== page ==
The red scapular of Christ's Passion. In 1846, Christ appeared to a Daughter of Charity of St. Vincent de Paul and presented a red scapular: One side depicts our crucified Lord with the implements of the passion at the foot of the cross; around the image is the inscription, "Holy Passion of Our Lord Jesus Christ, save us." On the other side, the Hearts of Jesus and Mary are depicted, with the surrounding inscription, "Sacred Hearts of Jesus and Mary, protect us." Christ promised that all who wear this scapular on every Friday would have a great increase of faith, hope and charity. This apparition was repeated several times, and on June 25, 1847, Pope Pius IX formally approved the scapular and granted permission for its blessing and investiture.

The black scapular of the Seven Sorrows of Mary. After Pope Alexander IV's formal establishment of the Servite Order in 1255, lay men and women formed a confraternity in honor of the seven sorrows of Mary. As a sign of membership, they wore a black scapular, usually with an image of our Mother of Sorrows on the front.

The blue scapular of the Immaculate Conception. In 1581, Venerable Ursula Benicasa, foundress of the Order of Theatine Nuns, had a vision of our Lord who revealed to her the habit and scapular her community was to wear in honor of the Immaculate Conception. Venerable Ursula implored our Lord to grant the same graces to the faithful who would wear a small, light blue scapular, bearing on one side the image of the Immaculate Conception and on the other the name "Mary." In 1671, Pope Clement X granted permission to bless and invest people with this scapular. Later in 1894, a Confraternity of the Immaculate Conception of the Blessed Virgin and Mother of God, Mary was established for all who wear this scapular.

The white scapular of the Holy Trinity. When Pope Innocent III approved of the order of the Trinitarians on Jan. 28, 1198, an angel appeared to him, wearing a white garment on which was a cross formed of a blue horizontal bar and a red vertical bar. This garment became the habit of the Trinitarians, and eventually was the model for the scapular worn by the lay people who became members of the Confraternity of the Most Blessed Trinity.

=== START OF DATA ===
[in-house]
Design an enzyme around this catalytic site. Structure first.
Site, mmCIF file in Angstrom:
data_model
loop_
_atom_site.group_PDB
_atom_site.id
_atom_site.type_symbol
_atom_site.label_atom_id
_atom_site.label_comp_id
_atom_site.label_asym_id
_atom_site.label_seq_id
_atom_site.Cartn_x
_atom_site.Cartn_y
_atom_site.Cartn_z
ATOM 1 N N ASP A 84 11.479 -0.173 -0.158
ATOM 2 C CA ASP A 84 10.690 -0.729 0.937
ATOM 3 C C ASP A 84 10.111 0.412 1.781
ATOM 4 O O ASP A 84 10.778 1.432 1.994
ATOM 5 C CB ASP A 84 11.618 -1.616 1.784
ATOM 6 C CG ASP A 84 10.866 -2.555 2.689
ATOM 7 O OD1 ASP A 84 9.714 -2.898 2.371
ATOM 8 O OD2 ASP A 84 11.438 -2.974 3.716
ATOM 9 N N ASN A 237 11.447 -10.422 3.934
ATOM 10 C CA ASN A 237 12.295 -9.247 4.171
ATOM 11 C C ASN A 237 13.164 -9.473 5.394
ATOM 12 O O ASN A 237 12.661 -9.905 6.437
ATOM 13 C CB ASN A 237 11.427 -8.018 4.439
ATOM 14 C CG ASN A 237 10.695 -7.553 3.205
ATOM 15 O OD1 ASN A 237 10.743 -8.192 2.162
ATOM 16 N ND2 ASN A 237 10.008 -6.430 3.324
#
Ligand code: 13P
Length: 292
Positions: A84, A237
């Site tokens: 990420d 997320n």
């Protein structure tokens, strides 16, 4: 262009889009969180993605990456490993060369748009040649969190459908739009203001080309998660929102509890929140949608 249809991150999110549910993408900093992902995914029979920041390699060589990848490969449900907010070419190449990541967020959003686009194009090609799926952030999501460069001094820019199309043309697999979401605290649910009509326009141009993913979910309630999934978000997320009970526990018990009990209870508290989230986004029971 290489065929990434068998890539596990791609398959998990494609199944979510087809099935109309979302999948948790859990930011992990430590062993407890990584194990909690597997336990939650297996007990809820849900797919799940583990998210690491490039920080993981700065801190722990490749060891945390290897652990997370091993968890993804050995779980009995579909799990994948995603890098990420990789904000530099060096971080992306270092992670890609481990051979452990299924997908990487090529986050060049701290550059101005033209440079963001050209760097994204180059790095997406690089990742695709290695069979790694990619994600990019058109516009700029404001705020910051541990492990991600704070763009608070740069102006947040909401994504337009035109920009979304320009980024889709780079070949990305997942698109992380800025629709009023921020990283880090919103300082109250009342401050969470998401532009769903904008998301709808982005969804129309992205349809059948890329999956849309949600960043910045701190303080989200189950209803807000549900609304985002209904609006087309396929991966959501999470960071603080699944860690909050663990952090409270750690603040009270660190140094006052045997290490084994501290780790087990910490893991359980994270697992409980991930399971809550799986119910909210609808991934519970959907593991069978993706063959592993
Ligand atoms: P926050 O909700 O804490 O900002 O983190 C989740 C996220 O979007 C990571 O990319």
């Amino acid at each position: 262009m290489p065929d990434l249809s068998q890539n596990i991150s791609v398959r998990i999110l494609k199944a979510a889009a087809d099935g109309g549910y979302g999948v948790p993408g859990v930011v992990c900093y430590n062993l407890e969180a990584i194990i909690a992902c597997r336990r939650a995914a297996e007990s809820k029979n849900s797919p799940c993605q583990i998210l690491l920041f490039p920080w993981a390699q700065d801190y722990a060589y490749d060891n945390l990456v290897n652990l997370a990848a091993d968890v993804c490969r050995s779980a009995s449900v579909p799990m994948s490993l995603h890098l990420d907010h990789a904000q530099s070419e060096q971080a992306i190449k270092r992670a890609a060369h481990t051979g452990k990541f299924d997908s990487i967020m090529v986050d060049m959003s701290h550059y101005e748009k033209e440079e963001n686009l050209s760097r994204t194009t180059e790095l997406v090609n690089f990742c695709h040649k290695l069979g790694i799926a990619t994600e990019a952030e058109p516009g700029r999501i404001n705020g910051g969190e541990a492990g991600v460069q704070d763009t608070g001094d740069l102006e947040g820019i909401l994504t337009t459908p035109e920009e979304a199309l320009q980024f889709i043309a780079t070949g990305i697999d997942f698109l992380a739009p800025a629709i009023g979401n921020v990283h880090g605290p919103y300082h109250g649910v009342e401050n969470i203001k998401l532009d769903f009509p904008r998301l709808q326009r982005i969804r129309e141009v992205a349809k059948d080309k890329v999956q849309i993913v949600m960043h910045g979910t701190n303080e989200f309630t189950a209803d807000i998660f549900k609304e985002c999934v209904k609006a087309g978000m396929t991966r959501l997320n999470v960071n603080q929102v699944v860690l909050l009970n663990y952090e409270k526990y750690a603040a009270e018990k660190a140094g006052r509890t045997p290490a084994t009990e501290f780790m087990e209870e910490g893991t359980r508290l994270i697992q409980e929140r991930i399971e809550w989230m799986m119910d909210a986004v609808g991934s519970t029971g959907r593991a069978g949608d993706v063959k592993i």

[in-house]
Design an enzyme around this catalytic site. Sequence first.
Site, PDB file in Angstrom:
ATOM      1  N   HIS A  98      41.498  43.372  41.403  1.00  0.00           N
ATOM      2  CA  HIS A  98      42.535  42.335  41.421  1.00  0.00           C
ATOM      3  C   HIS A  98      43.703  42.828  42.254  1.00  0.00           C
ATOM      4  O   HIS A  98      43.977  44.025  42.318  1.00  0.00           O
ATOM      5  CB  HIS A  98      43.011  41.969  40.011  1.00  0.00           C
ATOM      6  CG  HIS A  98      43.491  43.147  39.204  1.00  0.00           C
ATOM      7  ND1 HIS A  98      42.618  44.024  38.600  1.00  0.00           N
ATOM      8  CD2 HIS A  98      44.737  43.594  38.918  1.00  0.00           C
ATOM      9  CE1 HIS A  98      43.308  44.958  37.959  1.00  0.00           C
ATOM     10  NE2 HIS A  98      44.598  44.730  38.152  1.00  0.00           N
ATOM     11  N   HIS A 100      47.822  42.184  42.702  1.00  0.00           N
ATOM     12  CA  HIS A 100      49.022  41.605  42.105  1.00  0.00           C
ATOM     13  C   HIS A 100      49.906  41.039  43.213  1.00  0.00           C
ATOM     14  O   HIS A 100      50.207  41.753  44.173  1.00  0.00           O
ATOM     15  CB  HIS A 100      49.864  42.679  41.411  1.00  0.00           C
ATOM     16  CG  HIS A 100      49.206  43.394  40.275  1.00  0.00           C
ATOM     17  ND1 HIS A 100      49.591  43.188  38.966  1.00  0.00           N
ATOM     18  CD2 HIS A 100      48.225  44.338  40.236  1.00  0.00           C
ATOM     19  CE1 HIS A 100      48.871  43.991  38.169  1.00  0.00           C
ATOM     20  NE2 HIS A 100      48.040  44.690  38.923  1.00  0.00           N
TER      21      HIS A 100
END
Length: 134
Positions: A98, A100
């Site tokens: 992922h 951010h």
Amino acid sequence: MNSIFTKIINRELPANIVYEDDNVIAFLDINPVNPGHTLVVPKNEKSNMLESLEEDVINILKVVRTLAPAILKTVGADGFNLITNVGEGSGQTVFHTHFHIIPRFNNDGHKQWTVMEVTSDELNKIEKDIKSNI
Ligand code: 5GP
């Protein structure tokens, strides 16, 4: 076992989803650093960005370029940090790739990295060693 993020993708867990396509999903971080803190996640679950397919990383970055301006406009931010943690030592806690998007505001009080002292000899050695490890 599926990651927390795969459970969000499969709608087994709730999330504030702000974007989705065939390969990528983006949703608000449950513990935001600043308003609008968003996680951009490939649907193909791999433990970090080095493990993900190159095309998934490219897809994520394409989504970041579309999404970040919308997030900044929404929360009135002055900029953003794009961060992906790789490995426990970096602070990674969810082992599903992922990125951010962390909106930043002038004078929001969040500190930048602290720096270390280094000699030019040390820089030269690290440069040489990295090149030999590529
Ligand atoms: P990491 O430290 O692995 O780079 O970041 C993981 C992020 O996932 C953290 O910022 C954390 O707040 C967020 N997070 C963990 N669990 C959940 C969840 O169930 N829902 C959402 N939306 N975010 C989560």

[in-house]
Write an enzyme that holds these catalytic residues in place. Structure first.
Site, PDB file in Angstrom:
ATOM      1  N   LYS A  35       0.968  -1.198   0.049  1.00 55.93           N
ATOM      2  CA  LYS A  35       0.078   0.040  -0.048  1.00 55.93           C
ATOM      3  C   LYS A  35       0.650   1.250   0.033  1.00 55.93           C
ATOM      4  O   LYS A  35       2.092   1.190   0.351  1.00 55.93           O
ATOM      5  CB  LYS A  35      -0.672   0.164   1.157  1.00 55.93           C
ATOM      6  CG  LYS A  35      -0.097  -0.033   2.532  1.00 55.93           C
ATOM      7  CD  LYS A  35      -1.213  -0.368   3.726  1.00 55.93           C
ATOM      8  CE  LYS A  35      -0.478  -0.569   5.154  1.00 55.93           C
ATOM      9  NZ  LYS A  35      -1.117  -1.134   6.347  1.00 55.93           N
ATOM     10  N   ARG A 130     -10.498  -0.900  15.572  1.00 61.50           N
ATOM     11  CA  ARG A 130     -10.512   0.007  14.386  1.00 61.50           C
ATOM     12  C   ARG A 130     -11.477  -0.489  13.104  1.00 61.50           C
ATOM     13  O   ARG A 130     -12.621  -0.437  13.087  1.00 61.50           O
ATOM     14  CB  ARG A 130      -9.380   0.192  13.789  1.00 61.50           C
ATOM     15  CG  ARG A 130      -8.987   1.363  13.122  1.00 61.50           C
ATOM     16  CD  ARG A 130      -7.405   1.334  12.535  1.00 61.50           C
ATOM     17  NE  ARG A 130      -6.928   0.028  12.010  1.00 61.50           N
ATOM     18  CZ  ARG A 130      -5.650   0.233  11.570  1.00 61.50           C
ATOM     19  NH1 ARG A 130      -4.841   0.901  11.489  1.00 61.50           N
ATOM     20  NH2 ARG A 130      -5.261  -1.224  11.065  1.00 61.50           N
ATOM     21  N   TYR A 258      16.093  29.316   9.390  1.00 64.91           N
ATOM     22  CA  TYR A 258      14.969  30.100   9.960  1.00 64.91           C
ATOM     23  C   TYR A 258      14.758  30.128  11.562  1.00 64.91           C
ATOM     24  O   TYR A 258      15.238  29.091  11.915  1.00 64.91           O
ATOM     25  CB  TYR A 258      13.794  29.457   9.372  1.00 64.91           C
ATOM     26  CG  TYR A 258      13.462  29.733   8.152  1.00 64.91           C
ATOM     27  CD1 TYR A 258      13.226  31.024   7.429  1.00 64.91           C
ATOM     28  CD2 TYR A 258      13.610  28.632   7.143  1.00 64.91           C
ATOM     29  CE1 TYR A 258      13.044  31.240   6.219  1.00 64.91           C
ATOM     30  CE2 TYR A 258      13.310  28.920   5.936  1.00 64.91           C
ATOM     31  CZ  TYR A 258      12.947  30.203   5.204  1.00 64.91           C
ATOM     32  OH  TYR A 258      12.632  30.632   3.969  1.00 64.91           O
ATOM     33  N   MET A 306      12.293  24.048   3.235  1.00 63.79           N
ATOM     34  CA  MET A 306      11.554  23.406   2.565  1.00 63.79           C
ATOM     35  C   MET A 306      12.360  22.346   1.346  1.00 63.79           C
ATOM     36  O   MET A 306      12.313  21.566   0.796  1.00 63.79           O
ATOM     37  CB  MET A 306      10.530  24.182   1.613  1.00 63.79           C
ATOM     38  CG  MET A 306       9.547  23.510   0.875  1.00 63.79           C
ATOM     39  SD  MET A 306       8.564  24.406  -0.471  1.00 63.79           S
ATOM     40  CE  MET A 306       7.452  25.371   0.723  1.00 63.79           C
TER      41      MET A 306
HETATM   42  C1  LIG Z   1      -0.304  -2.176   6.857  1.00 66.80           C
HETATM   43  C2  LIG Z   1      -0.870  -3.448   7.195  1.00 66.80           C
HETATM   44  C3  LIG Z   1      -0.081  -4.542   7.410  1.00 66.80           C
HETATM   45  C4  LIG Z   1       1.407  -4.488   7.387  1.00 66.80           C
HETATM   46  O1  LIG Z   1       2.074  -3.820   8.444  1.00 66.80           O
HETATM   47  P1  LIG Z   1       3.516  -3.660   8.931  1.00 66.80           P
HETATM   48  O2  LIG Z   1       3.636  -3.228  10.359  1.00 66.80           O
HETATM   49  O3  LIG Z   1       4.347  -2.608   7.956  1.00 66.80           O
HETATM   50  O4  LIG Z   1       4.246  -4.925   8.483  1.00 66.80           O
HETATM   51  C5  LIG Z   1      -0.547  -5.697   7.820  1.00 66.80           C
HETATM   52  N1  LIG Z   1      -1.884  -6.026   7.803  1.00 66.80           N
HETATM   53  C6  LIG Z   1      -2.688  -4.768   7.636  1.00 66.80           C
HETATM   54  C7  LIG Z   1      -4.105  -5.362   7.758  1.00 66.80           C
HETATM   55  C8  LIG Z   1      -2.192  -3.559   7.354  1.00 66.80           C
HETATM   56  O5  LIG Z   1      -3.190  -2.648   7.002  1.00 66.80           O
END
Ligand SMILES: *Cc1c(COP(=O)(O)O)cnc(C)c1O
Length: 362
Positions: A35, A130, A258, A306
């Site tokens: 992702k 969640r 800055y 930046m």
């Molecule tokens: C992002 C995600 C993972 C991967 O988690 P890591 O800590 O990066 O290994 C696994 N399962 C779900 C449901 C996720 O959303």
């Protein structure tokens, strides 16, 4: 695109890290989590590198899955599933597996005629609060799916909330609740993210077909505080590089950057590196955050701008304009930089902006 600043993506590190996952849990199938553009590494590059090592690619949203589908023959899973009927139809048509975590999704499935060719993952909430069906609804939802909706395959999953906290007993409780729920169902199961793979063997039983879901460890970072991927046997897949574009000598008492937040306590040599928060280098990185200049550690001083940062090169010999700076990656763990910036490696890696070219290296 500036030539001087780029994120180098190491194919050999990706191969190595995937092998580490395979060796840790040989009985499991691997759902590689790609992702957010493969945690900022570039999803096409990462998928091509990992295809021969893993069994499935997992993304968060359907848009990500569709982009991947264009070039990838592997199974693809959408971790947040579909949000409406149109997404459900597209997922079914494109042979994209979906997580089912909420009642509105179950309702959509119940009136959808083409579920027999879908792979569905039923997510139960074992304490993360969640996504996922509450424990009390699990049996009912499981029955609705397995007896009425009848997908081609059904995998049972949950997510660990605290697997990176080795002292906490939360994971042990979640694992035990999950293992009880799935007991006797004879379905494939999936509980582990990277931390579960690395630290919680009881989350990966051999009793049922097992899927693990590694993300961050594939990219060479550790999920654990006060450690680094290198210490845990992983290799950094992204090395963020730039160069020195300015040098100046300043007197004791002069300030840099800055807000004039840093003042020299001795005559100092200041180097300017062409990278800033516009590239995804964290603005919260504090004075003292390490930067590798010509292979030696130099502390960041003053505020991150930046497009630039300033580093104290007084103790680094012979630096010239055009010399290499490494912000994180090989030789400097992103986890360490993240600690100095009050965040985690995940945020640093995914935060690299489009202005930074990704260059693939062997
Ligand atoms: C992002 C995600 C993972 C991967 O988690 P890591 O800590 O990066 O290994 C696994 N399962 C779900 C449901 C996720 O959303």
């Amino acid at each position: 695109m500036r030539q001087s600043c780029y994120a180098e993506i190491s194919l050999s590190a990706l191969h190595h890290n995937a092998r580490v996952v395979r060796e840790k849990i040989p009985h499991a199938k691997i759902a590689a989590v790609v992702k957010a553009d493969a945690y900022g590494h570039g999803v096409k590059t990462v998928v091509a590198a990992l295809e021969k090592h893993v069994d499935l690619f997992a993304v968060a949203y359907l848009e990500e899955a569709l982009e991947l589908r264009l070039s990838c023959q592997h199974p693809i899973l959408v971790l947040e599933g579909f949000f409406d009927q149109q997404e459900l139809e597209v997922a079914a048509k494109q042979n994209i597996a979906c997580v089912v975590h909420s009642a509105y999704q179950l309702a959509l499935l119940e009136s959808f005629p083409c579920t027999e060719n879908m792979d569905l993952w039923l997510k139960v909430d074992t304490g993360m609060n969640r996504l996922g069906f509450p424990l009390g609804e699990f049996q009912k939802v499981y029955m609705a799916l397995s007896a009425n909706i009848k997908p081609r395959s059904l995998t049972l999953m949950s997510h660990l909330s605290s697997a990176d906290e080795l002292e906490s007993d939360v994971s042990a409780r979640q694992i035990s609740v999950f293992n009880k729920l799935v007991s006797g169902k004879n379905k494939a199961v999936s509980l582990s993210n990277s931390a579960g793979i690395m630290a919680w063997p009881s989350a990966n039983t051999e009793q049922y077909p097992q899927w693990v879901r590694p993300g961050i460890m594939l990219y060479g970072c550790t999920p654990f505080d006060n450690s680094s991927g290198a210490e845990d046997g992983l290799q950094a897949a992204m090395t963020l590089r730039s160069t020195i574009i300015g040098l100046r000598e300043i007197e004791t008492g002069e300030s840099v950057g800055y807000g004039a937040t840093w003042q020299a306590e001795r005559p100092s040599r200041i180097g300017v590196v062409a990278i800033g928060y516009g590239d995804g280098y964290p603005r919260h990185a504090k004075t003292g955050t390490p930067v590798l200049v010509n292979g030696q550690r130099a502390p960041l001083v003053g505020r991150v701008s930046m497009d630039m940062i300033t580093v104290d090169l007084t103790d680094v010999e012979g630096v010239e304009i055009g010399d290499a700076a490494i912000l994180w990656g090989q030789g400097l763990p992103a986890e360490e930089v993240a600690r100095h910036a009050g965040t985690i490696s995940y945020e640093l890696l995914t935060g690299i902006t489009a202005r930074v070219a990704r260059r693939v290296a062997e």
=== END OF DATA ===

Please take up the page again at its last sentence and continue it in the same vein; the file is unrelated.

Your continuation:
The green scapular. In 1840, our Blessed Mother gave the green scapular of the Immaculate Heart of Mary to Sister Justine Bisqueyburu, a Daughter of Charity of St. Vincent de Paul. She belonged to the same community as St. Catherine Laboure, to whom our Blessed Mother had manifested the Miraculous Medal ten years earlier. This green scapular has the image of the Immaculate Heart of Mary on one side, and the image of the Immaculate Heart itself, pierced by a sword, surrounded by the inscription, "Immaculate Heart of Mary, pray for us now and at the hour of our death." This scapular can simply be blessed by a priest, and then worn, or placed in one's clothing, on the bed or in the room. Pope Pius IX approved the green scapular in 1863 and again in 1870.

Perhaps the best way to appreciate the wearing of a scapular is to reflect on the Prayer of Blessing offered in the The Roman Ritual: "O God, the author and perfecter of all holiness, you call all who are reborn of water and the Holy Spirit to the fullness of the Christian life and the perfection of charity. Look with kindness on those who devoutly receive this scapular (in praise of the Holy Trinity or in honor of Christ's passion or in honor of the Blessed Virgin Mary). As long as they live, let them become sharers in the image of Christ your Son and, after they have fulfilled their mission on earth with the help of Mary, the Virgin Mother, receive them into the joy of your heavenly home." The key to this devotion is not simply the wearing of a piece of cloth, but the spiritual conversion it signifies.

Fr. Saunders is dean of the Notre Dame Graduate School of Christendom College and pastor of Queen of Apostles Parish, both in Alexandria, VA.

Copyright ©1999 Arlington Catholic Herald, Inc. All rights reserved.